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Wantage in 1843

WANTAGE, a market-town in the hundred of Wantage in Berkshire, 63 miles from the General Post-office, London, by the coach-road through Maidenhead, Henley-on-Thames, and Wallingford.

Wantage was a place of some importance in the time of the Saxons, when it formed, with the neighbouring lands, part of the patrimony of the West Saxon kings, who had a residence here. It was the birthplace of King Alfred the Great.

The parish of Wantage has an area of 7,530 acres, and comprehends the town of Wantage and the hamlets of Charlton and Grove. It contained, in 1831, 729 inhabited houses, 36 uninhabited, and 6 building ; together 771 houses, with 748 families, and 3,282 persons : rather less than a third of the population was agricultural. The town stands at the intersection of the London and Cheltenham road, with a cross-road from Oxford to Hungerford : the streets are irregularly built, and contain but few good houses. The parish church, dedicated to St. Peter and St. Paul, is an ancient cross church, with a square embattled tower rising from the intersection : it contains some ancient tombs and monumental brasses, partly of the Fitzwarren family. There is an ancient building of Norman architecture, called by Leland a church, now or lately used as a school-house ; and an ancient market-cross, with the inscription, ‘Pray for the good Earl of Bath, and for Master William Burnabe, the builder hereof, 1580, and for William Lord Fitzwarren.' The manufacture of sacking and twine is carried on, also some malting, and trade in corn, flour, malt, and coal. A branch of the Wilts and Berks Canal comes up to the town. The market is on Saturday for pigs, cattle, and corn ; there are a monthly cheese fair, and in the year two fairs for cattle and cheese, one for cherries, and a statute-fair. There are two banking-houses.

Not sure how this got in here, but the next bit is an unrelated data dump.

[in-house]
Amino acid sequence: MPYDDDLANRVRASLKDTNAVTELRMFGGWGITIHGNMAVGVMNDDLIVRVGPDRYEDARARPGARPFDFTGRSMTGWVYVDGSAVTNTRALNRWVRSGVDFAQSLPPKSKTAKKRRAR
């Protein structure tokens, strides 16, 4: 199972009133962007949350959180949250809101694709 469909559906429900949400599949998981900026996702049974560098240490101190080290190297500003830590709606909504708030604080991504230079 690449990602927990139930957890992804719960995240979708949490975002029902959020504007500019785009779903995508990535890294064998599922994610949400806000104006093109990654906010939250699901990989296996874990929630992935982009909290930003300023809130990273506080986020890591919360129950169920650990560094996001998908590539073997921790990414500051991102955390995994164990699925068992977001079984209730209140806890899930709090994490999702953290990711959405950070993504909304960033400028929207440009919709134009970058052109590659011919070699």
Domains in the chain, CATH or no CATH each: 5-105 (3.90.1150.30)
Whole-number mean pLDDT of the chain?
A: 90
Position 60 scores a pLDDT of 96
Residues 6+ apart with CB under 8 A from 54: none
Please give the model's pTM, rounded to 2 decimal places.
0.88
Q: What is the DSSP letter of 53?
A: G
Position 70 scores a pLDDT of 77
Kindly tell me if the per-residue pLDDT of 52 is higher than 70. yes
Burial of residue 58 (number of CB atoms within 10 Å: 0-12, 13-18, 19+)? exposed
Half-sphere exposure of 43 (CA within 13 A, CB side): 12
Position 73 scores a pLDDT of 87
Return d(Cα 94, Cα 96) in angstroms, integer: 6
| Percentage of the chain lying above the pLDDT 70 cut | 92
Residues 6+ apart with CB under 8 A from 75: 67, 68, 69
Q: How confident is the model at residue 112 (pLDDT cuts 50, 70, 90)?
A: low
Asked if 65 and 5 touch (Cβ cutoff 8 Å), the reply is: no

The living is a vicarage, of the clear yearly value of £503, with a glebe-house ; in the rural deanery of Abingdon, in the archdeanery of Berks, and diocese of Oxford. The perpetual curacy of Grove in the parish, of the clear yearly value of £75, with a glebe-house, is in the gift of the vicar. There are places of worship for Independents, Baptists, and Wesleyan Methodists.

There were in the parish, in 1833, nine day-schools, with 231 children, namely, 106 boys, 56 girls, and 69 children of sex not stated ; making about one in fourteen of the total population under daily instruction. One of the day-schools, with 44 boys, was partly supported by endowment. There was at the same time one Sunday-school with 80 boys and 90 girls. Bishop Butler, author of ‘The Analogy of Religion,’ and Isaac Kimber, a dissenting minister and an historical and biographical writer of some reputation, were natives of Wantage.


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